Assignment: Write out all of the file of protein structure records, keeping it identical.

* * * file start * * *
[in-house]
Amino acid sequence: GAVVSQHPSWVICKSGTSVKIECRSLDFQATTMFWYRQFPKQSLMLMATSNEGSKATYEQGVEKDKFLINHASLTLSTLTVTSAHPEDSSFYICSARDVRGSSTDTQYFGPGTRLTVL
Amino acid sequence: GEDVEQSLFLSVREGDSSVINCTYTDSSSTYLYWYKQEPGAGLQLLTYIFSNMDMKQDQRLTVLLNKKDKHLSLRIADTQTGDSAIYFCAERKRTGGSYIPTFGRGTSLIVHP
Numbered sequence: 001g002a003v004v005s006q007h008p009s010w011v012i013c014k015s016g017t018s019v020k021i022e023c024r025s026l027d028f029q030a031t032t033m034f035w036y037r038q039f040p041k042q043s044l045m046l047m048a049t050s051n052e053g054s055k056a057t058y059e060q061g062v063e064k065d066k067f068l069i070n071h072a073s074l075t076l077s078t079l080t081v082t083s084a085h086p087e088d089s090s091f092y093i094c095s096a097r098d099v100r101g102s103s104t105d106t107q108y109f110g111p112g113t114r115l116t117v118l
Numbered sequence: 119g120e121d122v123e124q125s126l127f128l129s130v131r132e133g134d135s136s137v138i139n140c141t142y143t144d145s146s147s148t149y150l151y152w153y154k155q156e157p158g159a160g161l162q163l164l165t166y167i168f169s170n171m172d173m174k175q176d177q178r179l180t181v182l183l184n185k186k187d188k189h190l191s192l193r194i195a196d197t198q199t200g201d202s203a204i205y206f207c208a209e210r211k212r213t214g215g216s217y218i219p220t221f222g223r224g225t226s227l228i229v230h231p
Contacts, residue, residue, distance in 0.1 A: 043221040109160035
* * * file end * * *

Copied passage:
[in-house]
Amino acid sequence: GAVVSQHPSWVICKSGTSVKIECRSLDFQATTMFWYRQFPKQSLMLMATSNEGSKATYEQGVEKDKFLINHASLTLSTLTVTSAHPEDSSFYICSARDVRGSSTDTQYFGPGTRLTVL
Amino acid sequence: GEDVEQSLFLSVREGDSSVINCTYTDSSSTYLYWYKQEPGAGLQLLTYIFSNMDMKQDQRLTVLLNKKDKHLSLRIADTQTGDSAIYFCAERKRTGGSYIPTFGRGTSLIVHP
Numbered sequence: 001g002a003v004v005s006q007h008p009s010w011v012i013c014k015s016g017t018s019v020k021i022e023c024r025s026l027d028f029q030a031t032t033m034f035w036y037r038q039f040p041k042q043s044l045m046l047m048a049t050s051n052e053g054s055k056a057t058y059e060q061g062v063e064k065d066k067f068l069i070n071h072a073s074l075t076l077s078t079l080t081v082t083s084a085h086p087e088d089s090s091f092y093i094c095s096a097r098d099v100r101g102s103s104t105d106t107q108y109f110g111p112g113t114r115l116t117v118l
Numbered sequence: 119g120e121d122v123e124q125s126l127f128l129s130v131r132e133g134d135s136s137v138i139n140c141t142y143t144d145s146s147s148t149y150l151y152w153y154k155q156e157p158g159a160g161l162q163l164l165t166y167i168f169s170n171m172d173m174k175q176d177q178r179l180t181v182l183l184n185k186k187d188k189h190l191s192l193r194i195a196d197t198q199t200g201d202s203a204i205y206f207c208a209e210r211k212r213t214g215g216s217y218i219p220t221f222g223r224g225t226s227l228i229v230h231p
Contacts, residue, residue, distance in 0.1 A: 043221040109160035